Hang reaches it’s peak with album highlight “On Lankershim.” It is reminiscent of the 1970’s folky sounds of a.m. radio. The ballad “Trauma” is as smooth as it is carefully arranged symphonic pop. “Avalon” and “Upon a Hill” evoke imagery of the vaudeville camp you’d see on the Broadway stage.

Hang is grandiose, flamboyant, and ostentatious. But underneath the high concept, little substance is present. It’s all body and no soul. It’s an album I would pay good money to see in all of it’s cosmic glory live, but it’s not an album that I would come back to for regular listens.

Hang: C+

Our Top 25 Songs of 2016

25. Hamilton Leithauser + Rostam Batmanglij | I Had a Dream That You Were Mine |  “The Morning Stars”

24. Lucy Dacus | No Burden | “I Don’t Wanna be Funny Anymore”

23. Drake feat. Kyla & Wizkid | Views | One Dance

22. Beyoncé | Lemonade | “All Night”

21. Car Seat Headrest | Teens of Denial | “Fill in the Blank”

20. Solange feat. Sampha | A Seat at the Table | “Don’t Touch My Hair”

19. Frank Ocean | Blonde | “Nikes”

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18. Frank Ocean | Blonde | “Ivy”

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17. Big Thief | Masterpiece | “Masterpiece”

16. ScHoolboy Q feat. Kanye West | Blank Face | “THat Part”

15. Leonard Cohen | You Want It Darker | “Treaty”

14. YG featuring Nipsey Hussle | Still Brazy | “FDT”

13. Bon Iver | 22, A Million |”33 ‘GOD'”

12. Angel Olsen | MY WOMAN | “Woman”

11. Solange | A Seat at the Table | “Cranes in the Sky”

10. A Tribe Called Quest | We Got It from Here…Thank You 4 Your Service | “We the People…”

9. Frank Ocean | Blonde | “Nights”

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8. Whitney | Light Upon the Lake | “No Woman”

7. Mitski | Puberty 2 | “Your Best American Girl”

6. Angel Olsen | MY WOMAN | “Shut Up Kiss Me”

5. Kanye West feat. Kid Cudi | The Life of Pablo | “Father Stretch My Hands Pt. 1”

4. Beyoncé | Lemonade | “Formation”

3. Radiohead | A Moon Shaped Pool | “Daydreaming”

2. David Bowie | Blackstar | “Lazarus”

 1. Kanye West feat. Chance the Rapper, The-Dream, Kelly Price, and Kirk Franklin | The Life of Pablo | “Ultralight Beams”

10 Songs About Jennifer

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Jennifer, a popular female name originating from the Cornish name Guinevere. The name translates into “white enchantress,” or “the fair one,” which for me personally rings accurate because I am about as pasty as it gets.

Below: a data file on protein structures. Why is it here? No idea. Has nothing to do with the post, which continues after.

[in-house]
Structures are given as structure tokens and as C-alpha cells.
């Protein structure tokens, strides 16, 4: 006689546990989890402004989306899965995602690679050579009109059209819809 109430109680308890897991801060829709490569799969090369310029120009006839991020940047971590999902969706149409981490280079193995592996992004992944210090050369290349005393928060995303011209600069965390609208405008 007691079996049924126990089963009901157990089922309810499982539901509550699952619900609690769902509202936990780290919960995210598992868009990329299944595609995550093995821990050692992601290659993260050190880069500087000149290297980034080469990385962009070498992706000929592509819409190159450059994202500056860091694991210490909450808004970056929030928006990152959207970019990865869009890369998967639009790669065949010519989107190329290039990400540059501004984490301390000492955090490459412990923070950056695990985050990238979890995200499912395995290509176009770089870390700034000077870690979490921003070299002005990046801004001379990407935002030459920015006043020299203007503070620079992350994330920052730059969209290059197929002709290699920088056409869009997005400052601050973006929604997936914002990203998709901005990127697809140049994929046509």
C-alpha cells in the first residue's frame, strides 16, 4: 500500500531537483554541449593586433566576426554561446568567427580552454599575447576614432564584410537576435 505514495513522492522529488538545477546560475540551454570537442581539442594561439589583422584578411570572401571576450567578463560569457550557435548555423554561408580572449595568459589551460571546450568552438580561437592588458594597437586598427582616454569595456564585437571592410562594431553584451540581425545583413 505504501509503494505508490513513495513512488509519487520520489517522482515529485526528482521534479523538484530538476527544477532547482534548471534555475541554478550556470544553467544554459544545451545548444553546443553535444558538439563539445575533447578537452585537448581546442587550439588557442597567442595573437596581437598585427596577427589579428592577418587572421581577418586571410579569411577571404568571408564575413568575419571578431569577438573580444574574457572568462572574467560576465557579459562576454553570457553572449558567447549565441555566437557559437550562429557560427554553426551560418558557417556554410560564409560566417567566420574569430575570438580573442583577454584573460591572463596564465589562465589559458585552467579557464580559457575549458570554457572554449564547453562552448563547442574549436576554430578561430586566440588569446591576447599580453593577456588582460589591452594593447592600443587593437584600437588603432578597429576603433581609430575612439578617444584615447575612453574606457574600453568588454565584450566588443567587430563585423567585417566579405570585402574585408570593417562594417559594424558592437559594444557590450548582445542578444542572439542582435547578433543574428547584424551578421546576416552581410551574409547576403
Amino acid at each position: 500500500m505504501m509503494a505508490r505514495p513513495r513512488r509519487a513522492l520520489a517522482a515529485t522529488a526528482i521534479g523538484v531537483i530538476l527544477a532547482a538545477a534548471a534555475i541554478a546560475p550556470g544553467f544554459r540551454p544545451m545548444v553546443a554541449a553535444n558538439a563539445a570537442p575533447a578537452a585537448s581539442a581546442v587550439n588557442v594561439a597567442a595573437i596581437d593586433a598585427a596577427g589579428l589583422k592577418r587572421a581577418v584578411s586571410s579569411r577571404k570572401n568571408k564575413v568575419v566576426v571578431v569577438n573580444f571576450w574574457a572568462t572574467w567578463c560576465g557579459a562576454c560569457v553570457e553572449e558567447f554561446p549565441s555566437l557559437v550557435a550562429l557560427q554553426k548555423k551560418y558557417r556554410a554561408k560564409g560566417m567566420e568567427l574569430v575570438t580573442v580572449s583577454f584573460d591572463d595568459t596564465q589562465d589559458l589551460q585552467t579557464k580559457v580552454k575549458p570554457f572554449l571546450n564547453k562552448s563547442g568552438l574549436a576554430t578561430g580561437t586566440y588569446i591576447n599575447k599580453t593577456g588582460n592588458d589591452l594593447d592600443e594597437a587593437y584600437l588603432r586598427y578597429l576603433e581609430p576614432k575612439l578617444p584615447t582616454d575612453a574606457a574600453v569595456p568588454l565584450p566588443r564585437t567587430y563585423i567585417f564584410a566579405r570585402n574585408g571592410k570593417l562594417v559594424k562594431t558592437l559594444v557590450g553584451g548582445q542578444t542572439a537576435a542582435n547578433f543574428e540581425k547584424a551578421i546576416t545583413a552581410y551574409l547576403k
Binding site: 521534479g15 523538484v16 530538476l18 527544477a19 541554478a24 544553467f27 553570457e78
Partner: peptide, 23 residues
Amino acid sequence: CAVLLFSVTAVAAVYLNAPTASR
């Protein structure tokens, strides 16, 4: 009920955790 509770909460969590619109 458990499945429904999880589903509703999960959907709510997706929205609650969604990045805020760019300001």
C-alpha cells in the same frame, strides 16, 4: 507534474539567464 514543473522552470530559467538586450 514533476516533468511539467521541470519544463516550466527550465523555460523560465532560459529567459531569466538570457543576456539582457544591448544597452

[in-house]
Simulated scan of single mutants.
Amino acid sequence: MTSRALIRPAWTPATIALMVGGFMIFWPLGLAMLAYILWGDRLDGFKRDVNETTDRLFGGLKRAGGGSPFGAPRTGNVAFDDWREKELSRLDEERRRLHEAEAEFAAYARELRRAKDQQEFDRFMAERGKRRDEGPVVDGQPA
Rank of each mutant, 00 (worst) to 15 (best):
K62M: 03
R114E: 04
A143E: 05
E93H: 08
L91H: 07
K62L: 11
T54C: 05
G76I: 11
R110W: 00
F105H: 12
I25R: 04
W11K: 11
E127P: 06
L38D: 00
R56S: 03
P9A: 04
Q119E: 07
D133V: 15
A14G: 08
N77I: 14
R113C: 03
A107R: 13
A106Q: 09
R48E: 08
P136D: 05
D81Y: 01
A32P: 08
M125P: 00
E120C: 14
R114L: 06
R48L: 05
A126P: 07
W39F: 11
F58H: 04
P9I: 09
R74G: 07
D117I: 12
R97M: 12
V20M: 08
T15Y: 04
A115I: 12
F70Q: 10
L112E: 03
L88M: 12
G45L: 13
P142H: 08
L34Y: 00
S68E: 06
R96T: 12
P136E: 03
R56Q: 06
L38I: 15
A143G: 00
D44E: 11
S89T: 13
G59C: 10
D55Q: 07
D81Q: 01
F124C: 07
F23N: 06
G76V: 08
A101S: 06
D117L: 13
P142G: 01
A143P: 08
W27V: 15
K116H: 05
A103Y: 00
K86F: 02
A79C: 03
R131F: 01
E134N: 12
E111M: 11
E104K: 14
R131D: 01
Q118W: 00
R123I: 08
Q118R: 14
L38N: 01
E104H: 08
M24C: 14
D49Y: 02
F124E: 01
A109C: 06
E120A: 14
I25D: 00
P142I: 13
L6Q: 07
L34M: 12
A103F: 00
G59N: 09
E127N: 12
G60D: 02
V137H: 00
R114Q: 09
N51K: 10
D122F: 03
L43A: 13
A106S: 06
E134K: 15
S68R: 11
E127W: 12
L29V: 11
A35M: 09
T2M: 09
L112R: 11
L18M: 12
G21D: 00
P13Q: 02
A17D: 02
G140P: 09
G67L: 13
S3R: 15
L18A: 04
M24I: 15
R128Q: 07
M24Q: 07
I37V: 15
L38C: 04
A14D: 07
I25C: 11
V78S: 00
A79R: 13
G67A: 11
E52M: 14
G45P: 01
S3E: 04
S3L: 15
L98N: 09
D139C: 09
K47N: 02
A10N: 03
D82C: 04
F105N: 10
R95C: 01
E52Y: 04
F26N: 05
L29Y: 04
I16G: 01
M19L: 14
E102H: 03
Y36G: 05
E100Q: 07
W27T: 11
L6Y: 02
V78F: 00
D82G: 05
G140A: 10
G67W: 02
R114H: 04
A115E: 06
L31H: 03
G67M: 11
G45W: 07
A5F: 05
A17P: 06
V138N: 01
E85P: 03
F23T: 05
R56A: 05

“Jennifer” hit its peak in the 1970’s as the top female baby name in the U.S. for 14 years straight. With that being said, it’s no surprise why there have been so many songs inspired about girls named Jennifer.

Without further or do, here is an assortment of songs I’ve collected over the years with Jennifer in mind.

And no, this list does not include “867-5309 (Jenny)” you savages.

10. “Jennifer Juniper” by Donovan

Although I have no evidence to back this up, I am a firm believer that “Jennifer Juniper” is the first song dedicated to a girl named Jennifer. Released in 1968 the song peaked at number 5 in the UK Singles Chart.

Hailing from Scotland, the singer, songwriter and guitarist Donovan had a distinct style that combined jazz, pop, psychedelic, and world music. “Jennifer Juniper” is a delicate folk ditty that you can still hear on the classic radio station daily. And I think it’s safe to say that all Jennifer’s have had someone sing them this song at one point.

Fun fact: This song was inspired by George Harrison’s then-sister-in-law, Jennifer Boyd who later married Mick Fleetwood of Fleetwood Mac.

9. “Jenny” by Electric Guest

I love me some Electric Guest. Their debut album Mondo, produced by Danger Mouse, was released in 2012 and was easily one of the best records of the year.

The Los Angeles based quartet’s soulful mix of funk and synth pop is perfectly captured in “Jenny”. Give it a listen and see for yourself.

8. “Jenny, You’re Barely Alive” by Rilo Kiley

For those of you not familiar with the early 200o’s indie rock band Rilo Kiley, Jenny is the name of the lead singer/ultimate dream babe Jenny Lewis.